Should we prolong human life by 30 years?
Wouldn’t it be a welcome gift to all mankind if a means was found that allowed people to normally live 30 or 40 years longer than they do now? You would think that there would be no obstacles to such an improvement being discovered. “Longevity” is a well thought out novel posing just such a situation, and it is obvious that Margenau has given the question a great deal of thought before he began writing it.
Lucy Mendoza is head of a group of scientists at a major corporation testing and looking to commercially market an enzyme that could prolong life about 30 years. If successful it appears that the treatment would also ensure that the cognitive senses of the individuals being treated would keep up with the extra years.
Lucy, hard at work, begins hiring extra staff to help with the processes involved with the development of the product. And just as luck would have it, her staff hires a molecular biologist named Grant Duran who was an old boyfriend of Lucy’s. They were very close to marriage but Grant, who was a Marine at that time, disappeared on her. It is, of course, a safe bet that the plot involves them getting back together again. While doing so Grant safeguards Lucy and has a need to do so. There are several agencies that don’t want the enzyme to be commercialized.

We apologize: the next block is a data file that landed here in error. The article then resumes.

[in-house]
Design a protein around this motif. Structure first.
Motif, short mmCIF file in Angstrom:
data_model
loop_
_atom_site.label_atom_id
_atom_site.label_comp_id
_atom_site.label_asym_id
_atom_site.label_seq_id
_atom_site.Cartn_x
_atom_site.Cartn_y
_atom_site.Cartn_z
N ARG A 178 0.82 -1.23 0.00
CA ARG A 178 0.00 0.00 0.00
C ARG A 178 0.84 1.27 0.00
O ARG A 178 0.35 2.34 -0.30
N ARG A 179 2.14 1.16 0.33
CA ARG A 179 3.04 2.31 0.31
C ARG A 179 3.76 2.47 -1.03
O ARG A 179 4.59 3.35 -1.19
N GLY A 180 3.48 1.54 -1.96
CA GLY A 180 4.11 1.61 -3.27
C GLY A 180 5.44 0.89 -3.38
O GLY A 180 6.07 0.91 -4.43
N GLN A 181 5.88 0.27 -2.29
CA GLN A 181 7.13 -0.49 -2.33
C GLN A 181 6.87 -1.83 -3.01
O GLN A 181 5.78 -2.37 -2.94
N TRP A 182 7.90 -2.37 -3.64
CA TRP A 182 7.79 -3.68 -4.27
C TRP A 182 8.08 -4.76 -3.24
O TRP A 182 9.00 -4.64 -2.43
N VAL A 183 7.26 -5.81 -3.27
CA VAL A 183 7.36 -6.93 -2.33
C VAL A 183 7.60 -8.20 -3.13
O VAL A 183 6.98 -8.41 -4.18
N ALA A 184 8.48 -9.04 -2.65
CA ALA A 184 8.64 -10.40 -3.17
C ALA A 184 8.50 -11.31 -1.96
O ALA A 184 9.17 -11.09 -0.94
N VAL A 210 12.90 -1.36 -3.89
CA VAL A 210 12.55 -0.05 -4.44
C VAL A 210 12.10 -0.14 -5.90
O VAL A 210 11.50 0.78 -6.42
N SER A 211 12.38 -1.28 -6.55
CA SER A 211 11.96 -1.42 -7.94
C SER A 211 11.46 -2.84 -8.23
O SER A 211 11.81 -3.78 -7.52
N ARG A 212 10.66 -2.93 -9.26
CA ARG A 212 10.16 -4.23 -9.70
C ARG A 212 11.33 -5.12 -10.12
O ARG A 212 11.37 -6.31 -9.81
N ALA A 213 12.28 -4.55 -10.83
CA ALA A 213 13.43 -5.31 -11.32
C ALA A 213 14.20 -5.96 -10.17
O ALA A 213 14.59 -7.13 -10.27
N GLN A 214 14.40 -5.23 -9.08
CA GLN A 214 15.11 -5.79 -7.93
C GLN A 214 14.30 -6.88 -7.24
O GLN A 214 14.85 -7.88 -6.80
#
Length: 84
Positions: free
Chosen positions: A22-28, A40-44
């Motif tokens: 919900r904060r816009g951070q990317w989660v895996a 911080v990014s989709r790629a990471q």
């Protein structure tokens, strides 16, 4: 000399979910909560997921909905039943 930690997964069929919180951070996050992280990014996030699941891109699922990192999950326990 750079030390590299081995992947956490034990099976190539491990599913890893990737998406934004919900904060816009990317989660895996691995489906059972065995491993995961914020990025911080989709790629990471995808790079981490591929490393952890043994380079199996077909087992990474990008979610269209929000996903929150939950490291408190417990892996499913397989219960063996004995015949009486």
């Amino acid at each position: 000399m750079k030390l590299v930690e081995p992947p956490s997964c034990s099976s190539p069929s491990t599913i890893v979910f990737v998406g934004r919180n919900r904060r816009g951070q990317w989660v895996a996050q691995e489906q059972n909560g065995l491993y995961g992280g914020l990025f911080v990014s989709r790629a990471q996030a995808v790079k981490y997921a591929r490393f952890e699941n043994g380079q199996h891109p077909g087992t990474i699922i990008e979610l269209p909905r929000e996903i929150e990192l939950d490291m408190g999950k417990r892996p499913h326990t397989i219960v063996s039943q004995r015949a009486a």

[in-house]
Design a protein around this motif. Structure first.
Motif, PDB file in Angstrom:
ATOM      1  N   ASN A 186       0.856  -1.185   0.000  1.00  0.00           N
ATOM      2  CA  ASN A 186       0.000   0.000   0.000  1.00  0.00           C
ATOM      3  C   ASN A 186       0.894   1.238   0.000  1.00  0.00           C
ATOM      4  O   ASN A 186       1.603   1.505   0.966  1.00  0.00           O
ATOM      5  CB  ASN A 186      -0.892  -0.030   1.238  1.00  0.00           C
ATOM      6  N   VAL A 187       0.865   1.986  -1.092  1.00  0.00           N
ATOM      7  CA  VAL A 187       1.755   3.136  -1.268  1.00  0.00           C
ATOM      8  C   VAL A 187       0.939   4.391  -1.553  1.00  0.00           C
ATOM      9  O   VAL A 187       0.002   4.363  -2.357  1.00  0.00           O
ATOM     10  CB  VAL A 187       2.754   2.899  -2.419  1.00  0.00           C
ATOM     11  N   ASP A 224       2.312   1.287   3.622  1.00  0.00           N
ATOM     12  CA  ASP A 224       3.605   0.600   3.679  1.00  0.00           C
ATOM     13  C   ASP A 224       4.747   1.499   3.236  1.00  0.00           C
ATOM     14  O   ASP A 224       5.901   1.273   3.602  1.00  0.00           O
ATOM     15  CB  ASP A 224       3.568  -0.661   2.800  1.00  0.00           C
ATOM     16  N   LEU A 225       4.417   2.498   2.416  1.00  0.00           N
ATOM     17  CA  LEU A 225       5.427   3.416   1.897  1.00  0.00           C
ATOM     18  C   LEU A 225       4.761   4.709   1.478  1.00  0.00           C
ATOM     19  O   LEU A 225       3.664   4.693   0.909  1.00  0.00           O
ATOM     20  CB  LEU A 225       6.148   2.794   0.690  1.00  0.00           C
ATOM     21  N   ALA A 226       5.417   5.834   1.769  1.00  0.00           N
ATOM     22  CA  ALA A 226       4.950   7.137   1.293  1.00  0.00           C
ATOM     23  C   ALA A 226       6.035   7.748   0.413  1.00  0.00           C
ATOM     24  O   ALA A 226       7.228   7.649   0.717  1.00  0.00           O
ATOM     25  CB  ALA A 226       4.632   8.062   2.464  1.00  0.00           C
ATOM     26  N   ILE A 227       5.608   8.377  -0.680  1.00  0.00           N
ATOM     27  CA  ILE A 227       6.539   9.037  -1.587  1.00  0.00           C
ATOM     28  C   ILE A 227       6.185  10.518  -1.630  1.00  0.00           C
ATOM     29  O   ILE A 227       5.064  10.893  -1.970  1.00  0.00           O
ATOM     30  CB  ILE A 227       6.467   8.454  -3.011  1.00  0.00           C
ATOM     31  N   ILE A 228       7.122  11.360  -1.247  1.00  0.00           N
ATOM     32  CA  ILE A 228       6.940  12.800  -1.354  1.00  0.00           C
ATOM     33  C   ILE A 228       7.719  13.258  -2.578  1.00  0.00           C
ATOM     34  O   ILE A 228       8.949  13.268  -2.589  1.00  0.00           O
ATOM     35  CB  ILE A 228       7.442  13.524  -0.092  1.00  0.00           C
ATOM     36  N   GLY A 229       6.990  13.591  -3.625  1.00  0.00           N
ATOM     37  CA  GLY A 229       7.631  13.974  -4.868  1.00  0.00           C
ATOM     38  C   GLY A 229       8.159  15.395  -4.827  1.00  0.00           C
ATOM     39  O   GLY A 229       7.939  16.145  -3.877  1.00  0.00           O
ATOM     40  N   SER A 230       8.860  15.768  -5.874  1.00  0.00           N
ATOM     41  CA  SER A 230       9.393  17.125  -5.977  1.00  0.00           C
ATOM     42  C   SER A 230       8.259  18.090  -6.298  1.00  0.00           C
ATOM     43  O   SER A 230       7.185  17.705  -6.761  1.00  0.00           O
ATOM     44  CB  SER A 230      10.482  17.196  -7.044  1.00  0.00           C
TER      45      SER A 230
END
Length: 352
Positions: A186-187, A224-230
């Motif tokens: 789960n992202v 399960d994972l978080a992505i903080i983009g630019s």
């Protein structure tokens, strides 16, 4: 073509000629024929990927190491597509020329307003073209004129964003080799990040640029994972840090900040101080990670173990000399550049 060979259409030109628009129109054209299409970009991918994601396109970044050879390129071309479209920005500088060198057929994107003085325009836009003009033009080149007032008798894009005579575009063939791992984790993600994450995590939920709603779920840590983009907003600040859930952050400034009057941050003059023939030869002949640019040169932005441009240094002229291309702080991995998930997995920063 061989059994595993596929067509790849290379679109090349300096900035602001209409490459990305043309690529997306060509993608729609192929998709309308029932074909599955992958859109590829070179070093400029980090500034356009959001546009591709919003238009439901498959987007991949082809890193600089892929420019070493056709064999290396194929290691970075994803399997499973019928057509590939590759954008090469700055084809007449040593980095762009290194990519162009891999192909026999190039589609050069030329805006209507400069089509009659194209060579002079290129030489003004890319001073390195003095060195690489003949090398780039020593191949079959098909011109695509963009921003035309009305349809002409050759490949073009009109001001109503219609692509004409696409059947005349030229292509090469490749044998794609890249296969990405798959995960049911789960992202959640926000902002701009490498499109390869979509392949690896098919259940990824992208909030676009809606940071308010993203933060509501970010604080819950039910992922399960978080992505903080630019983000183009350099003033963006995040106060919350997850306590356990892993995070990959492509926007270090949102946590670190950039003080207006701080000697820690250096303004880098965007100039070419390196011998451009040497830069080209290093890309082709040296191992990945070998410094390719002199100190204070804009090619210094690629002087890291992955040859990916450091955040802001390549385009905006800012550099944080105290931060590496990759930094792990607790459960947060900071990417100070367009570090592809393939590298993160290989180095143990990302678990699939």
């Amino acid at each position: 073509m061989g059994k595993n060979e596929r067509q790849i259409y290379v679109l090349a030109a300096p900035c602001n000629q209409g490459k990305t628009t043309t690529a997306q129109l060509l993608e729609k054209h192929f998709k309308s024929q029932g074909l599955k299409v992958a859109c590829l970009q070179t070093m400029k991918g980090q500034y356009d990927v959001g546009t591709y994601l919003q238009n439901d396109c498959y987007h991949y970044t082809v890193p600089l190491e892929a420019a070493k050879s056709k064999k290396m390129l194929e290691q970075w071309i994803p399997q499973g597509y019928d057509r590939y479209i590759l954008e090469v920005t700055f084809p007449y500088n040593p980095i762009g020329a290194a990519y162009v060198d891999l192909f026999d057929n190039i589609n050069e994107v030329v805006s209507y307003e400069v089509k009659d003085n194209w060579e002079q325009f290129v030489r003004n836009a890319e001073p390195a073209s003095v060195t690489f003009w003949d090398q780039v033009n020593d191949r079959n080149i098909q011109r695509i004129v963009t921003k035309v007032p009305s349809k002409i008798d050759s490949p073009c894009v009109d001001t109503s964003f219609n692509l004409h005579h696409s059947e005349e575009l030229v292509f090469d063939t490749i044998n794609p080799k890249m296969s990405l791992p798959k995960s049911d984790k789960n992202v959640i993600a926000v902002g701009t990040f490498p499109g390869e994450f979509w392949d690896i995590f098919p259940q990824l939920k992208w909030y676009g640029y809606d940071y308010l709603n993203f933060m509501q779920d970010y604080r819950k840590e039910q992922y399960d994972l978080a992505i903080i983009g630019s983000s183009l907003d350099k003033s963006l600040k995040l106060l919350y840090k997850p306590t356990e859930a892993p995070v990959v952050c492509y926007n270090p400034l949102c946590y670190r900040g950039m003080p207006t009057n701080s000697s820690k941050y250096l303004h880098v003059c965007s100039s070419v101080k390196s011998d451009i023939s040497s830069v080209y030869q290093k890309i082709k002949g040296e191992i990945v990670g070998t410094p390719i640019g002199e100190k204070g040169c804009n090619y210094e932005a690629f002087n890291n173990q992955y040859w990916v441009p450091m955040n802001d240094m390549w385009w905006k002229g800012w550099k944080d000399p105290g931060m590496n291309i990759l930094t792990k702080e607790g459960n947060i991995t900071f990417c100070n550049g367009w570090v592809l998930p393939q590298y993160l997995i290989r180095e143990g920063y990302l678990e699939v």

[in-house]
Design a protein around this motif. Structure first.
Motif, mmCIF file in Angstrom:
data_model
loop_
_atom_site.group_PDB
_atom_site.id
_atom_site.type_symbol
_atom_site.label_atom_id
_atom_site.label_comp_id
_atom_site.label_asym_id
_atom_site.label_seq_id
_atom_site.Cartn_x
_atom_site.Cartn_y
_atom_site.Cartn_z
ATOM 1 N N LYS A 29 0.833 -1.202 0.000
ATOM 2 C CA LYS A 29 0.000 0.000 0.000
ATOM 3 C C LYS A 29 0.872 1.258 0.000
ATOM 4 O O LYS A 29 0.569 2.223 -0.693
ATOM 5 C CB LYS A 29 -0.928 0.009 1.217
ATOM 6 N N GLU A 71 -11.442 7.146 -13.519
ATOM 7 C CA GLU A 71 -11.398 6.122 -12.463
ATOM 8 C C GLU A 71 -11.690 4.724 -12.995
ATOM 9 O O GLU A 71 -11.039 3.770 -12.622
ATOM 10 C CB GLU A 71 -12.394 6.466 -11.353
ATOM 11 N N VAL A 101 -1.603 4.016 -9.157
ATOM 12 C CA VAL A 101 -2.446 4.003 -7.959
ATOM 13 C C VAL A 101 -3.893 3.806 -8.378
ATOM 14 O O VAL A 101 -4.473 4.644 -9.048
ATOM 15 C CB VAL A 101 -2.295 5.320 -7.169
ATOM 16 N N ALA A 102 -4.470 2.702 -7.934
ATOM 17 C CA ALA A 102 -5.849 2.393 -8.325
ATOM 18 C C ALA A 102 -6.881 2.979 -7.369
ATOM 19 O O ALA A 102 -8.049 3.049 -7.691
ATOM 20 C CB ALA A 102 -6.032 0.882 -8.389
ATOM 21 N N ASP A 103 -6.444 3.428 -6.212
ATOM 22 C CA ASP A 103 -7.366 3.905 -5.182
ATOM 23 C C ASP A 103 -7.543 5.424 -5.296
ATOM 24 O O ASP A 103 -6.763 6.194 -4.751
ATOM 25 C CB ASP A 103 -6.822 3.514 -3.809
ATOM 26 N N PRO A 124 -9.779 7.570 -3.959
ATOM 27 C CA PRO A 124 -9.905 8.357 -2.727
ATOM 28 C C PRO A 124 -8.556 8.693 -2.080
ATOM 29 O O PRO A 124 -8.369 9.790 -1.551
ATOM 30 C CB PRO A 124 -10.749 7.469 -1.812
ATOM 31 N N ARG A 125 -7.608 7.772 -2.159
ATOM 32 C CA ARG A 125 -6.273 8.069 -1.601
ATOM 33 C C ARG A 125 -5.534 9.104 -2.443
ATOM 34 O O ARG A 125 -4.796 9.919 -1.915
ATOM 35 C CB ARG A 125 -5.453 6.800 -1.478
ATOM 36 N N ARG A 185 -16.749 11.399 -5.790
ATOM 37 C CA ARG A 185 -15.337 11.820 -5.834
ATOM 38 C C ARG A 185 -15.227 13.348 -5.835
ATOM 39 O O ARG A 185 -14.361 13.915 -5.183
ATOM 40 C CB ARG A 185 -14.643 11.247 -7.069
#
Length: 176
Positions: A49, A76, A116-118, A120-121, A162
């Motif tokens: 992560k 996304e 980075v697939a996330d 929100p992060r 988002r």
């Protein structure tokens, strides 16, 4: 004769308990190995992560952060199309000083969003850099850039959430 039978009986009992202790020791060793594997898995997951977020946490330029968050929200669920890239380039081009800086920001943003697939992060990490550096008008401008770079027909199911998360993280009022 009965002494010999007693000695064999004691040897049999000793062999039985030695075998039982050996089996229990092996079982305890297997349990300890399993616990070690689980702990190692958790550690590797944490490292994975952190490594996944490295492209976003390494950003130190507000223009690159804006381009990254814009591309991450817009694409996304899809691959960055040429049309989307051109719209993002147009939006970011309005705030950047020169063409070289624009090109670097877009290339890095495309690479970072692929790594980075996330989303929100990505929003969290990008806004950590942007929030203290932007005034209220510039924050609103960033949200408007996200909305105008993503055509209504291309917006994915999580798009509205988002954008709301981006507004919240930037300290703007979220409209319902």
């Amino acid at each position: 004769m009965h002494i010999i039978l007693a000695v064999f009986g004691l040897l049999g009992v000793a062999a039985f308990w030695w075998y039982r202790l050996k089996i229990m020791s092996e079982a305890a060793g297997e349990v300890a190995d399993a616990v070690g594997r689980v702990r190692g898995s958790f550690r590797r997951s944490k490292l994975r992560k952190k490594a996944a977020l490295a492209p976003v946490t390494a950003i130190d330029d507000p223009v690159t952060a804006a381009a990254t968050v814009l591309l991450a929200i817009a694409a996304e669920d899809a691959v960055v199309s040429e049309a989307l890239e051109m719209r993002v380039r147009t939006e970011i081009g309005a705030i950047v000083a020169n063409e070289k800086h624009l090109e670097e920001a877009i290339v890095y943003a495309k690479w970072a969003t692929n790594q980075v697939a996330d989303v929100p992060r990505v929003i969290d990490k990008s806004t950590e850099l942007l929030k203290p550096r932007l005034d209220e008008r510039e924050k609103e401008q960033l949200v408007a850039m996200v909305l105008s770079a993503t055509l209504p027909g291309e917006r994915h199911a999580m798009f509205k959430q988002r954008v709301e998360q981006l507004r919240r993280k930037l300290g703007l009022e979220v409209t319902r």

If people add 30 years to their lives social services would not be prepared to handle it. Social Security would be bankrupted and government paid medical care would follow suit and this is not palatable for many government managers. Besides the government a major pharmaceutical corporation is not happy with Lucy’s company not allowing them time to come out with the product in commercial packaging and would not stop at murder to prevent that from happening. And of course there are the normal greedy investors who want to keep the product for use, at steep prices, for only the people that can afford to pay for it.
There are no lengthy explanations of the process nor of the material going into it. The author successfully grabs his readers and grants them an evening’s relaxation while finishing the book. His style makes for an easy read and the novel is well worth the time spent in doing so.
2/19 Paul Lane
LONGEVITY by Rolf Margenau. Frogworks Publishing (January 5, 2019). ASIN: B07MKHNB1M. 326p.